essay order Research Topic My academic discipline is International Relations and my research focus will be International Diplomacy. This research will examine and compare diplomatic and foreign policies of two states, New York and Texas. My proposed research question is: Is there an Increasing Need for Effective Diplomatic and international Relations on the part of individual US states? This is a proposal for my research on international relations and diplomacy. I am going to defend my research methodology as well as the research goals and objectives in terms of their relevance and importance. I will also highlight my research question and sub-questions. Research Context In this field, there are a number of academic debates that can arise. Comparing the two states, several differences as well as similarities in their foreign policies can be identified. The need for more research on this topic has not been emphasized enough therefore some debatable aspects have not been studied comprehensively. Enough research on international diplomacy has been done but the research on diplomacy between two sub-countries has not been broadly pursued. According to a survey done by the Teaching Research and International Policy’s project, Alexander Wendt is the most influential scholar in the field of diplomacy. His great achievements in the field earned him the best book of the decade’s award from the International Studies Association. The book is titled Social Theory of International Politics. Debra Allan J IN her book ‘Historical Dictionary of U.S. Diplomacy from the Revolution to Secession’ has written about diplomacy in Texas and New York. Alexander Wendt’s recent research suggests that there is an imminent possibility of a global state. This means that with the rate and extent of current globalization, interaction between countries will make foreign policies more important now than they were a decade ago. My research will seek to identify the need and benefits of diplomatic relations between two countries or states. Every state must structure its diplomatic associations and international relations to serve the best interest of its citizens. As the world becomes a globalized village, every nation needs to review its foreign policies. As countries foster diplomatic relations, the policies governing such interactions should be benefiting citizens from both sides. The recommended research question in this proposal captures a broad scope in international relations. Research Question; how do foreign policies and diplomacy influence the relationship between two sub-countries? Other sub-research questions include: What are the benefits of international relations to a Sub-country? How does globalization influence diplomatic relations between countries that are sub-units of states? Get your 100% original paper on any topic done in as little as 3 hours Learn More The dependent variable in this research is Economic and Diplomatic Integration. International relations will enhance global economic and diplomatic integration among nations hence influencing globalization. The independent variable is Globalization. Globalization does not depend on the foreign policies or diplomatic relations in Texas or New York states. It is in the best interest of the two states to develop foreign policies that will enable them to relate and interact with the rest of the world. In this research, I will be comparing the foreign policies of New York and Texas states to determine how diplomacy influences international relations. There are several benefits that ensue from diplomatic relations. I intend to research on such benefits using New York and Texas states in my case analysis. IR is a tool for effective and fruitful economic and diplomatic integration among countries. With the current globalized village, this is very important for Texas and New York as the two states explore options of integration. The global village phenomenon is unstoppable and countries should consider having good diplomatic relations with the rest of the world. Globalization is the key to a successful global economy and it is currently happening at a faster rate than before. This research will extensively discuss the foreign policies adopted by New York and Texas. In this discussion, I will compare and contrast the implications of foreign policies to the two states. This includes their implication on the general economic growth, the import and export market, as well as political relevance globally. This research is based on historic accounts and therefore most of the information that I will require will be retrieved from secondary sources. I will use the internet to get information about the effects of foreign policies globally. Such information can be found in reputable and authoritative websites all over the internet. Books will also be part of my sources since there are numerous written literatures on the subject which can perfectly relate to my case study. I will also depend on government sources to get authentic policies that are in place. This will enhance my research’s credibility and authenticity. The College of Sciences’ website has very resourceful information on diplomatic relations. In addition, I will also rely on Alexander Wendt’s book among other researches that the scholar has written. These are some of my research sources that I have chosen based on the level of authenticity and amount of information therein. We will write a custom Proposal on US Diplomatic and International Relations specifically for you! Get your first paper with 15% OFF Learn More My methodology for this research is very important because of the nature of my context. This is a fact-based research therefore accurate information is required. In addition, this kind of a research requires a lot of findings and field work. Therefore, I need a lot of information and the ease of access to such data is very important. With the amount of data that I require to complete this research, valuable information can be very costly. For this reason, I need a cost effective methodology to gather my information. Secondary sources are normally easy and cheap to access compared to primary sources. This research will be very useful in persuading the government to review and improve its foreign policies. It will unearth the effects and implications of international relations and this will magnify the importance of IR. The IR theory is very important not only for New York and Texas but also for the entire world. The research will seek to clearly prove that international relations and diplomatic integration between nations is the most prudent way to enhance economic expansion. Interaction between nations can be beneficial or oppressive depending on the policies in place. This includes limits and privileges between two countries or states. This research can be a very important asset for the government and political stakeholders. However, there are several limitations that I will anticipate in the process. One of the major limitations that I can foresee is lack of information from the government’s websites. Some foreign policies are government’s top secrets that are classified as matters of national security. Such information may not be posted on their website pages or in any public platform. There is also the danger of getting incomplete information on the internet. For instance, some articles are posted with the abstract as the only visible text. In addition, most of the secondary information may not meet my specific needs for the research. This is normal for all secondary sources.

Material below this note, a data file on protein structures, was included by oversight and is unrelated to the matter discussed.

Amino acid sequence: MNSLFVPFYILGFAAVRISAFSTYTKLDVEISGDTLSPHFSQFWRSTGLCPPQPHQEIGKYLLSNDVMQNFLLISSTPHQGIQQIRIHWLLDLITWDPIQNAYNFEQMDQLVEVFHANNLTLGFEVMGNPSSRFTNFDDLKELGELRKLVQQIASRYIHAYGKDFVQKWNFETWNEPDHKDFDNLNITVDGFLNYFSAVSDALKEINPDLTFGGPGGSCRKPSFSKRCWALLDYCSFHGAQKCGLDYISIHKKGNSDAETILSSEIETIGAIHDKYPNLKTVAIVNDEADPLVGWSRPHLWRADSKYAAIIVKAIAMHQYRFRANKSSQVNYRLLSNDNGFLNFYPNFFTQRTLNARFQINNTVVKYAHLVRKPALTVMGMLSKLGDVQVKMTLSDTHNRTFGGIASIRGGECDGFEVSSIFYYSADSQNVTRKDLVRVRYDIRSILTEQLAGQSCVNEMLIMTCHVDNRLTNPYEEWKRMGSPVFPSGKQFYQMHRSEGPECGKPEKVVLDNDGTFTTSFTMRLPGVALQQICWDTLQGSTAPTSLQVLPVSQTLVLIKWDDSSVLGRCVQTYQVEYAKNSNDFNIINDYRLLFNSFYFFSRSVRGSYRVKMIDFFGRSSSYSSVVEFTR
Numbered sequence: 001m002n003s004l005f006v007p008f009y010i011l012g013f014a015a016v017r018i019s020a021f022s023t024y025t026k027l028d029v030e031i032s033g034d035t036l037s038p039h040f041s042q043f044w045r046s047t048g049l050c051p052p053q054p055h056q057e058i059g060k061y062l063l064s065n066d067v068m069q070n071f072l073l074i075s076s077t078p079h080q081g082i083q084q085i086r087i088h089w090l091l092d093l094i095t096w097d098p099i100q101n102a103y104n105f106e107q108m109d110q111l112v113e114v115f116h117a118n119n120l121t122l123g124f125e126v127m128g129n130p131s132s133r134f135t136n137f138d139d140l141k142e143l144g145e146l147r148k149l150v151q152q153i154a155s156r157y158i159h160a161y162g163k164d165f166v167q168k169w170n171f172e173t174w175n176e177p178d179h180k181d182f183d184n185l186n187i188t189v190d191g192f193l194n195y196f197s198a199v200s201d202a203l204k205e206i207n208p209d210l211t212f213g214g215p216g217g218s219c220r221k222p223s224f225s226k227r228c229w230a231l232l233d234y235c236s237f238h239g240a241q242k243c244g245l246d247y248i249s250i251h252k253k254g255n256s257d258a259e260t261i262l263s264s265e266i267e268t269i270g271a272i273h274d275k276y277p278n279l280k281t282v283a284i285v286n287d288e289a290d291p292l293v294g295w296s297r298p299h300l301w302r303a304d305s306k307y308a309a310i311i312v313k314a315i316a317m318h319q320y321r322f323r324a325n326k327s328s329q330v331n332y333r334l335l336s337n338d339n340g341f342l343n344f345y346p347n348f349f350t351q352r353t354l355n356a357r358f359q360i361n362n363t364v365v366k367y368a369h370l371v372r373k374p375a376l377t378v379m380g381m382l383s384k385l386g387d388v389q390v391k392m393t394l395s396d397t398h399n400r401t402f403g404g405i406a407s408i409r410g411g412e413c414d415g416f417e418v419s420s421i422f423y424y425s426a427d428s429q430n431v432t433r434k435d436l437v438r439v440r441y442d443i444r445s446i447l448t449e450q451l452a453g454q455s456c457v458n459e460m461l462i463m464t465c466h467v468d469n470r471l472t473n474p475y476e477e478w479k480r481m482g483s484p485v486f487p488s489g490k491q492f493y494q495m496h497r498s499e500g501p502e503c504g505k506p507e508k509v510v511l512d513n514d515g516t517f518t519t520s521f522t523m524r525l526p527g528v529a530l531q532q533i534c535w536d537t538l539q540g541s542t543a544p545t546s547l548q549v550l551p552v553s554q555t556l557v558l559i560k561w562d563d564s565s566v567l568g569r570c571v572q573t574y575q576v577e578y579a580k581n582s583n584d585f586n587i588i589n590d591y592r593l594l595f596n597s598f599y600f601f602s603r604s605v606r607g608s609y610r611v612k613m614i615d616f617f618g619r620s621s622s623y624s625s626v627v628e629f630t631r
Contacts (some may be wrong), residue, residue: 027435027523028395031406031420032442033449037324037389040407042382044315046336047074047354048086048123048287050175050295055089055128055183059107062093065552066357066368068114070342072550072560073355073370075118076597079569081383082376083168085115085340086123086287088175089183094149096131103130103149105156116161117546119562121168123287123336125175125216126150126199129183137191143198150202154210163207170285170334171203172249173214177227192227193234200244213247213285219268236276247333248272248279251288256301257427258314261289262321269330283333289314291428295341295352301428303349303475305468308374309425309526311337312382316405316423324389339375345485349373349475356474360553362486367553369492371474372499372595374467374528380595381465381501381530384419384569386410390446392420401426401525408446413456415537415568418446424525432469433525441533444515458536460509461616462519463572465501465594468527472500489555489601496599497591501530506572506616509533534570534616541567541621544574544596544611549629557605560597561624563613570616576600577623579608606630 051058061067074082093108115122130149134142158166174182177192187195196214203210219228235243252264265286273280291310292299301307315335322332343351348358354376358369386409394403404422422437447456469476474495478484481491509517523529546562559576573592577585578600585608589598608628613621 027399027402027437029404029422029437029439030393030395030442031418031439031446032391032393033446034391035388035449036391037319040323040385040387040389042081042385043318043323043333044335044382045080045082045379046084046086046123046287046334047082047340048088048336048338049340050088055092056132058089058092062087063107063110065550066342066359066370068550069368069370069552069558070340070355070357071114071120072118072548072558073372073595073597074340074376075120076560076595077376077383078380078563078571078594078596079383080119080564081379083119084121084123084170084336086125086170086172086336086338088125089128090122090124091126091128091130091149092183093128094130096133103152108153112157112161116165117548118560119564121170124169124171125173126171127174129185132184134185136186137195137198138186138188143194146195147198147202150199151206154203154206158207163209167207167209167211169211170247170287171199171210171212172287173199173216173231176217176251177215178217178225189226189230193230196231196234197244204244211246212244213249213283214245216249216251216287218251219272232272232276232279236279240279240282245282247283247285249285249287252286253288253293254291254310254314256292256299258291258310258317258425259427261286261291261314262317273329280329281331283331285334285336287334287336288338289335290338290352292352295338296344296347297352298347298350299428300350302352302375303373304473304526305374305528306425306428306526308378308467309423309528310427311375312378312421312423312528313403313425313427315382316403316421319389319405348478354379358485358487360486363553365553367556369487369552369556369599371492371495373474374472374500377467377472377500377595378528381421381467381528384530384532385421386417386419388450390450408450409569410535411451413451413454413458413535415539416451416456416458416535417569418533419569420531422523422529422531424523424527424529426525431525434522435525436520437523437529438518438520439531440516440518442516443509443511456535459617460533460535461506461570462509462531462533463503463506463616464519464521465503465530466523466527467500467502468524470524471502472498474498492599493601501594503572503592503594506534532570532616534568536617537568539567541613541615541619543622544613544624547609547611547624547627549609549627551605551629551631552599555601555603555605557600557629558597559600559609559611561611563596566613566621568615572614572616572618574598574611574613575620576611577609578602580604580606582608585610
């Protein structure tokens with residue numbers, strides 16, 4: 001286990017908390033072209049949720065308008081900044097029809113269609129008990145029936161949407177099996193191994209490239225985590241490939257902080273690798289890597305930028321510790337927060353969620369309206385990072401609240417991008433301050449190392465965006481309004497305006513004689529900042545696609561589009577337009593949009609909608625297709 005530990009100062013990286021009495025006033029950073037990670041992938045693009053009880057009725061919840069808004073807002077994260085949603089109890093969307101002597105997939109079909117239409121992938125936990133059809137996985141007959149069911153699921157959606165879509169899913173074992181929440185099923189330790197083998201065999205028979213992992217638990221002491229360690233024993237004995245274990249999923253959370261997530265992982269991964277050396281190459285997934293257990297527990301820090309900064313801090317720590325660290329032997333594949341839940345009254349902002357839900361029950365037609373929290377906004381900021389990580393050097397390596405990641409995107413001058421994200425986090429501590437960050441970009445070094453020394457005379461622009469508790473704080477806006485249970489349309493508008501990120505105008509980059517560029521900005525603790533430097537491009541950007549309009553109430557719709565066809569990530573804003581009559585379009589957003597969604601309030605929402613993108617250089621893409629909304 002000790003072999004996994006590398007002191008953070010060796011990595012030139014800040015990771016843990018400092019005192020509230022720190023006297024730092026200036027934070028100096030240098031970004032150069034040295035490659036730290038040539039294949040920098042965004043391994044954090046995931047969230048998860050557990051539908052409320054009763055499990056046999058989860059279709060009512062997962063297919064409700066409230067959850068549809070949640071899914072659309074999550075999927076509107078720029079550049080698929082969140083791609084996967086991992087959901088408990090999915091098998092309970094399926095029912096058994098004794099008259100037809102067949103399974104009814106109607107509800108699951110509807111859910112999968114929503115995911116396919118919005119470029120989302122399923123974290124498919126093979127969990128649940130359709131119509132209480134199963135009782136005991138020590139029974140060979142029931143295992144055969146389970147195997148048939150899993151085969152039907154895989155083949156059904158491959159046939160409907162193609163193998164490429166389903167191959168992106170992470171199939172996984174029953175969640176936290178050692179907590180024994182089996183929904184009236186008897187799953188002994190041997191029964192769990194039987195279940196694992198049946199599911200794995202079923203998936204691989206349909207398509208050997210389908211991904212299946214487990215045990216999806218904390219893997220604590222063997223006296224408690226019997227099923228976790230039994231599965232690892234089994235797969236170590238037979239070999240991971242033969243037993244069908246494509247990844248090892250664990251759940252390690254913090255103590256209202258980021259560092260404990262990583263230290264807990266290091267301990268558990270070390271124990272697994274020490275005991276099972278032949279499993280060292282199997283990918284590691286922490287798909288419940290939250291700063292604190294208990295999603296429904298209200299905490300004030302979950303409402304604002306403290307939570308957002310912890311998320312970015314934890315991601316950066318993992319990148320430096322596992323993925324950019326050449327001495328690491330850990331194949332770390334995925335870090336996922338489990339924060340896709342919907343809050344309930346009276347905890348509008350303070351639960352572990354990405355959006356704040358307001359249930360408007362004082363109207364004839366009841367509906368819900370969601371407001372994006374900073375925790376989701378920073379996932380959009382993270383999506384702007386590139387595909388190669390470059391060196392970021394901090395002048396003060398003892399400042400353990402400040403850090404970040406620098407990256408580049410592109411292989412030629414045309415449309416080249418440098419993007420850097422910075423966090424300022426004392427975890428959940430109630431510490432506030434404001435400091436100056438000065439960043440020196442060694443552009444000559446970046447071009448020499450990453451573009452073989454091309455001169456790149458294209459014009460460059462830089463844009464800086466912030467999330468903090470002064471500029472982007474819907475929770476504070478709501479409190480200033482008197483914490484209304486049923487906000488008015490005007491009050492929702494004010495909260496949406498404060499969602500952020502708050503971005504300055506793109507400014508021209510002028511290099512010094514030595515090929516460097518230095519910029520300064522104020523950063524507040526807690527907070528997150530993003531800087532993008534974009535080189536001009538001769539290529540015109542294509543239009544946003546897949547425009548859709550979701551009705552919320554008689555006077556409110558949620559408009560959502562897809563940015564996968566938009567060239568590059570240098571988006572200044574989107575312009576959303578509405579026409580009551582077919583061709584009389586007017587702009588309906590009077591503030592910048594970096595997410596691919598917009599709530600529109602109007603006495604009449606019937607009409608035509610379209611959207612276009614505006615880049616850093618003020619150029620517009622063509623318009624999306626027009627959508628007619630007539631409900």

Why professionalism in radiology department is mandate